While half of expectant parents say they have enough money saved up should any unexpected costs arise when the baby is born, a quarter will rely on credit cards and 17 per cent on overdrafts to deal with any emergencies.

One in five also say they would borrow from family and friends to get by. Having a new addition to the family will obviously also mean rising costs for every day bills such as utilities, grocery shopping and other household essentials.

However, most expectant parents admit they haven’t worked out how much costs will rise by. Two thirds have said they haven’t worked out the rising costs in detail and 14 per cent have said they haven’t thought about it at all.  

Clare advised: “It is a good idea to have an emergency savings pot if you’re planning a family. If you’re lucky enough to already have money put aside, make sure you make the most of it by using an ISA to protect your savings from the taxman in the first instance, and for any extra savings you have, make sure you’re not letting your money languish in a low-interest account.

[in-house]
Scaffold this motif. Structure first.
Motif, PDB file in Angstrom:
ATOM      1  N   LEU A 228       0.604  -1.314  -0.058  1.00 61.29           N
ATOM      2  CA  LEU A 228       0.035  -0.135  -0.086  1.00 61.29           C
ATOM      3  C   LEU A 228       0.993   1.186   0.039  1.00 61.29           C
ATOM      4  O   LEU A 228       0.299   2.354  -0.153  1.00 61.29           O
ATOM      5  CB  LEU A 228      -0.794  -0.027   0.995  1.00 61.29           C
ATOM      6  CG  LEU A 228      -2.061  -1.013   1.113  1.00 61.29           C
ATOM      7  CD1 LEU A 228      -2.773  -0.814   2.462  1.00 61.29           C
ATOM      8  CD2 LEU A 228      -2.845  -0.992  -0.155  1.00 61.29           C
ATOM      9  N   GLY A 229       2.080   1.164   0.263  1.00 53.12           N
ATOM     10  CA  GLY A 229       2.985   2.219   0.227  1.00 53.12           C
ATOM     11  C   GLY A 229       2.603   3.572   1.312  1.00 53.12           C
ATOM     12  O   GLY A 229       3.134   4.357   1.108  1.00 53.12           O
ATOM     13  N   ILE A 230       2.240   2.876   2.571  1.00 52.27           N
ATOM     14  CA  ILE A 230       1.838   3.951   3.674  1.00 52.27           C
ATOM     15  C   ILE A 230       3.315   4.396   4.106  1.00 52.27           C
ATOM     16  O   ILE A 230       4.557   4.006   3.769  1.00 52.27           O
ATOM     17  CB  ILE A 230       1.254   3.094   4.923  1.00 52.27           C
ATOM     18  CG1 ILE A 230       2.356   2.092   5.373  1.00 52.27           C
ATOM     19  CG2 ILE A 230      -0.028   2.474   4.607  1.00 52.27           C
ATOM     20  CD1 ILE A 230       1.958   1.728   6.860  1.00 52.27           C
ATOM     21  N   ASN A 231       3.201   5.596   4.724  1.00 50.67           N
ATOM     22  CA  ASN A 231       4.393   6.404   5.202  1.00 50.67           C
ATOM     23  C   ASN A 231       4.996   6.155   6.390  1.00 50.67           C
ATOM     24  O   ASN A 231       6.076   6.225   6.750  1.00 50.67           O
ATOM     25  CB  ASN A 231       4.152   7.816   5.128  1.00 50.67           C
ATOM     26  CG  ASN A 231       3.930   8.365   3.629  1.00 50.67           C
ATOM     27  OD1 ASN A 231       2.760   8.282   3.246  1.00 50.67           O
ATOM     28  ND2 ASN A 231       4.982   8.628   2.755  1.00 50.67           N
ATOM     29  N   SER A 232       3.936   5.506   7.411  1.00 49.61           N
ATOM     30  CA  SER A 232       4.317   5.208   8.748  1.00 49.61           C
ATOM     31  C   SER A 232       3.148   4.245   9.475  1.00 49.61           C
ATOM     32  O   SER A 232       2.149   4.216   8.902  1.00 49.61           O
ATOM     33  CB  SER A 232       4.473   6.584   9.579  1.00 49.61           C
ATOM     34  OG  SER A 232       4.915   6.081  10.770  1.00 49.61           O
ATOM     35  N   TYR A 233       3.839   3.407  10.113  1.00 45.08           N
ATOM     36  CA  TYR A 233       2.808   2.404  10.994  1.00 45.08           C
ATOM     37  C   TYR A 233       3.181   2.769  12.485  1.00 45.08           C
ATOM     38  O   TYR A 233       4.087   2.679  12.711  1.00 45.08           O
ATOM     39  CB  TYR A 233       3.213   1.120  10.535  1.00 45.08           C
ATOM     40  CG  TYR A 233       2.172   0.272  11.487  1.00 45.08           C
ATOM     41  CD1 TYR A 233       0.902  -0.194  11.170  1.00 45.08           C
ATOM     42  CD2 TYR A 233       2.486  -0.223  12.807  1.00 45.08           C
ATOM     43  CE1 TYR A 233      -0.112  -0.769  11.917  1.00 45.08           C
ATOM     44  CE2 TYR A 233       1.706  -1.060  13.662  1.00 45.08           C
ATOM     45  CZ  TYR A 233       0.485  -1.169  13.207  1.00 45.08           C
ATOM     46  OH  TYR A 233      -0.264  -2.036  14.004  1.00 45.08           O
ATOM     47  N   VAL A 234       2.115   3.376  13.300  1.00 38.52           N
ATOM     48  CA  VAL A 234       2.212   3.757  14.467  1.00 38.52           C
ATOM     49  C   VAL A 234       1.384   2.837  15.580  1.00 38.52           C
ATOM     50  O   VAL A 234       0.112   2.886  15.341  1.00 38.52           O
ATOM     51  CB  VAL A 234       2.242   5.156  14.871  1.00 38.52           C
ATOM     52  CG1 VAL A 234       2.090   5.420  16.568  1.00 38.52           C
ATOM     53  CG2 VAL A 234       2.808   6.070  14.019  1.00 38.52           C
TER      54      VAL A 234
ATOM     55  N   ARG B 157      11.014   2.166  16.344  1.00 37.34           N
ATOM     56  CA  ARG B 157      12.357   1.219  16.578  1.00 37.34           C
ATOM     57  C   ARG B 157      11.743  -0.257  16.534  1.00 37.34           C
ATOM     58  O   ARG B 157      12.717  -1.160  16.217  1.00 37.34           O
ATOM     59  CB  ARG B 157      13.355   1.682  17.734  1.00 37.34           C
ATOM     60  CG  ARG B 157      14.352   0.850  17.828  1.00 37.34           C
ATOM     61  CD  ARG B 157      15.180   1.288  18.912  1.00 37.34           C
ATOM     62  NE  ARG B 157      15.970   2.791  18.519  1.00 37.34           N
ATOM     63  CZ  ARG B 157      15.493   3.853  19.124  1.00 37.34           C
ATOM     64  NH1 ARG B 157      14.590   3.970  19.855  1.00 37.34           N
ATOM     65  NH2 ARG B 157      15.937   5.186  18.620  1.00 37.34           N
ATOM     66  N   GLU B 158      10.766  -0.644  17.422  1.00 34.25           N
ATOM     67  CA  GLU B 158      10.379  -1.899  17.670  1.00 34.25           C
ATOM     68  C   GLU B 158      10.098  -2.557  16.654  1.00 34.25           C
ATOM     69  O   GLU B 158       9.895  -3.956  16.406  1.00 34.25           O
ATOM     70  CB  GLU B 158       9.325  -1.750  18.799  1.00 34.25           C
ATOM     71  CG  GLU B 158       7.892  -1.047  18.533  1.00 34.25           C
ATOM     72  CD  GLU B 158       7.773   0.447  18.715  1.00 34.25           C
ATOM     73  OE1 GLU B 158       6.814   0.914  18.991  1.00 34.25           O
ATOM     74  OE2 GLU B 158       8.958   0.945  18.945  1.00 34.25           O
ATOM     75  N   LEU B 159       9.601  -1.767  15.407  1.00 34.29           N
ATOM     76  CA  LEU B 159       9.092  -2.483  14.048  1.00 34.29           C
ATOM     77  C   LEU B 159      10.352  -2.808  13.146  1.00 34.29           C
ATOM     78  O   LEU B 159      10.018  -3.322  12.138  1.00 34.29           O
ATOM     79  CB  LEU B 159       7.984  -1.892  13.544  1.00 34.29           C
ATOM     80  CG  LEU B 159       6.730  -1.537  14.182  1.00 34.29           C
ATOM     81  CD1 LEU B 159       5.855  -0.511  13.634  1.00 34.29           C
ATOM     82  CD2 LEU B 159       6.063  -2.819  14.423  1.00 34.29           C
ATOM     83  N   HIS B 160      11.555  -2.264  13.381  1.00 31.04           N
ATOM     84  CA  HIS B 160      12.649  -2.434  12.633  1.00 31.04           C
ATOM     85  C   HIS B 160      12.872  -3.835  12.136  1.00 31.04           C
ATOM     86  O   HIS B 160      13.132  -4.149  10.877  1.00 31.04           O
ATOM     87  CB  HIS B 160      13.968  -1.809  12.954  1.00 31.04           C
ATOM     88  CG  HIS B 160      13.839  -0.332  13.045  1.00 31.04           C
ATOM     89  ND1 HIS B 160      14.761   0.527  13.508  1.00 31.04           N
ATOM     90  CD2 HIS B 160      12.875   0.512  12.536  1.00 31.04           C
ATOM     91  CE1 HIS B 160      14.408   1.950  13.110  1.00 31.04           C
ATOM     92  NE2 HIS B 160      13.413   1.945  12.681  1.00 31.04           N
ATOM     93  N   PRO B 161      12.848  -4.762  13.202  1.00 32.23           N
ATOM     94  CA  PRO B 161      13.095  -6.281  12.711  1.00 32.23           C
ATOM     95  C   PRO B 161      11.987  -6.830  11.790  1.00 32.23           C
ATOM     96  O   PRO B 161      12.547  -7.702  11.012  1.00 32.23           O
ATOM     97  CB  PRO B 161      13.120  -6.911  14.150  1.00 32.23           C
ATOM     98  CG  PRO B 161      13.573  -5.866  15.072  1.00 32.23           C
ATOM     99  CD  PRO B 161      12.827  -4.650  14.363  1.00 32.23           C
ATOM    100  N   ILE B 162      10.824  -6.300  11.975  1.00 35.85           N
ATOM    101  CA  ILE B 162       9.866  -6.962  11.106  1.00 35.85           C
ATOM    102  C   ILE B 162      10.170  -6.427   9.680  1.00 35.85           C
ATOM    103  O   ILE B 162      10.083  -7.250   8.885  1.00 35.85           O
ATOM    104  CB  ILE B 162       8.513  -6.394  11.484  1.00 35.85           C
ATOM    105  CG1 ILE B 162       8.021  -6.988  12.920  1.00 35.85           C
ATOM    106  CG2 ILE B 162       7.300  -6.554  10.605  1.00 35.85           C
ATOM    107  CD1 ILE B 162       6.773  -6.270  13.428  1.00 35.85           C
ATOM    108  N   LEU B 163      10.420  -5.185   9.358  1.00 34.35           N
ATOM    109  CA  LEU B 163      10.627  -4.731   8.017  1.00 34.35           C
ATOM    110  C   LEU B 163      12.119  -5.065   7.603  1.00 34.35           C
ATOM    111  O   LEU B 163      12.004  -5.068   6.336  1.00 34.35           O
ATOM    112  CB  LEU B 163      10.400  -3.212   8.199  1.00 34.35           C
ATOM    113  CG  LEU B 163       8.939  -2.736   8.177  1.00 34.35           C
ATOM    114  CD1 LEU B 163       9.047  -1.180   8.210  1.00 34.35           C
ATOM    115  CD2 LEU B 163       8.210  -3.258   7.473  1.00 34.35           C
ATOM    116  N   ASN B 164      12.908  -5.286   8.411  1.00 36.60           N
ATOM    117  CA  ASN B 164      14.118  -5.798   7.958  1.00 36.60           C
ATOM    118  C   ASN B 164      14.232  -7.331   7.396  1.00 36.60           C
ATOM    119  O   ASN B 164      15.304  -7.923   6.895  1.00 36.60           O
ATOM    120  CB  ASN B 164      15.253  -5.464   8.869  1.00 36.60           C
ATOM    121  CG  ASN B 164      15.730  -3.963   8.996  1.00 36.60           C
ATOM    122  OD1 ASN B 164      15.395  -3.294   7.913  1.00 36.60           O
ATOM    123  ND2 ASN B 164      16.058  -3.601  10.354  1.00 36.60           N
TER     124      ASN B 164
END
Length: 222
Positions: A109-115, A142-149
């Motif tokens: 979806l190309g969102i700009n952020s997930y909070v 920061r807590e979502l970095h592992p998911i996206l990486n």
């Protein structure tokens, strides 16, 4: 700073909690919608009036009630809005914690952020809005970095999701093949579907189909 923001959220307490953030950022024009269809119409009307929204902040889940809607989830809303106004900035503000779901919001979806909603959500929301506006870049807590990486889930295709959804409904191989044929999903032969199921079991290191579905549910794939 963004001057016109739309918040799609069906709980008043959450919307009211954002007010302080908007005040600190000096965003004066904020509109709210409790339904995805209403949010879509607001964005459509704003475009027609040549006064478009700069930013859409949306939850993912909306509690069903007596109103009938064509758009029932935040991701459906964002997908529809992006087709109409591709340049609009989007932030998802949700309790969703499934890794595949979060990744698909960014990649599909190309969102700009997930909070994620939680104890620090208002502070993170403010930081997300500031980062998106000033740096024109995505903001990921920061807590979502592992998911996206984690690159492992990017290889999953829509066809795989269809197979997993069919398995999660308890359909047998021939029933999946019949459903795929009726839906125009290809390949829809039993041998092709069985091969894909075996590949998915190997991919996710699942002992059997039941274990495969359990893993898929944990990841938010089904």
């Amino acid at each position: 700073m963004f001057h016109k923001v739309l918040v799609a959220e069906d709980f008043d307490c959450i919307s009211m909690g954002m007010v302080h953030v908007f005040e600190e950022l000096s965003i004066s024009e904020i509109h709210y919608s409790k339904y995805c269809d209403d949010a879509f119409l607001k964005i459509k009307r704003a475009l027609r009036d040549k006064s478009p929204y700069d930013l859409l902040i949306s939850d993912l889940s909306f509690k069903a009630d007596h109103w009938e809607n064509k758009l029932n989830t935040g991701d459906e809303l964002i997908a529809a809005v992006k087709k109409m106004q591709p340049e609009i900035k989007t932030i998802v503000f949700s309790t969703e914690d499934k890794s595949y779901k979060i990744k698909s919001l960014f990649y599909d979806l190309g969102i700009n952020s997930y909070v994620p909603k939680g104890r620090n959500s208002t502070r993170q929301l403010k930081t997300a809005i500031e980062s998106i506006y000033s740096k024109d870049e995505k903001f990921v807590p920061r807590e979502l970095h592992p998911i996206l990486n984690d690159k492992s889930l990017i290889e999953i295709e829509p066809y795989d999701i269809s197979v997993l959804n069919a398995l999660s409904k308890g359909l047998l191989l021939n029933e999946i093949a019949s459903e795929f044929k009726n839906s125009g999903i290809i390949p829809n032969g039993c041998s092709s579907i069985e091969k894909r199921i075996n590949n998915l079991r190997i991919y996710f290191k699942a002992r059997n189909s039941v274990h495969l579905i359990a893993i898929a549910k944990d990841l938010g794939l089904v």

“While interest rates aren’t as high as they’ve been in the past, moving your money to a more competitive account is a smart move.  

“If you have outstanding debts, such as credit card debt or other loans, the best thing to do is to try and switch the debt so you’re paying the lowest interest possible. For instance, you might be able to move an existing credit card balance to a 0% balance transfer card, which will save you the cost of interest each month.”

For more information and advice go to Financial Tips and Advice for When You Plan to Have a Baby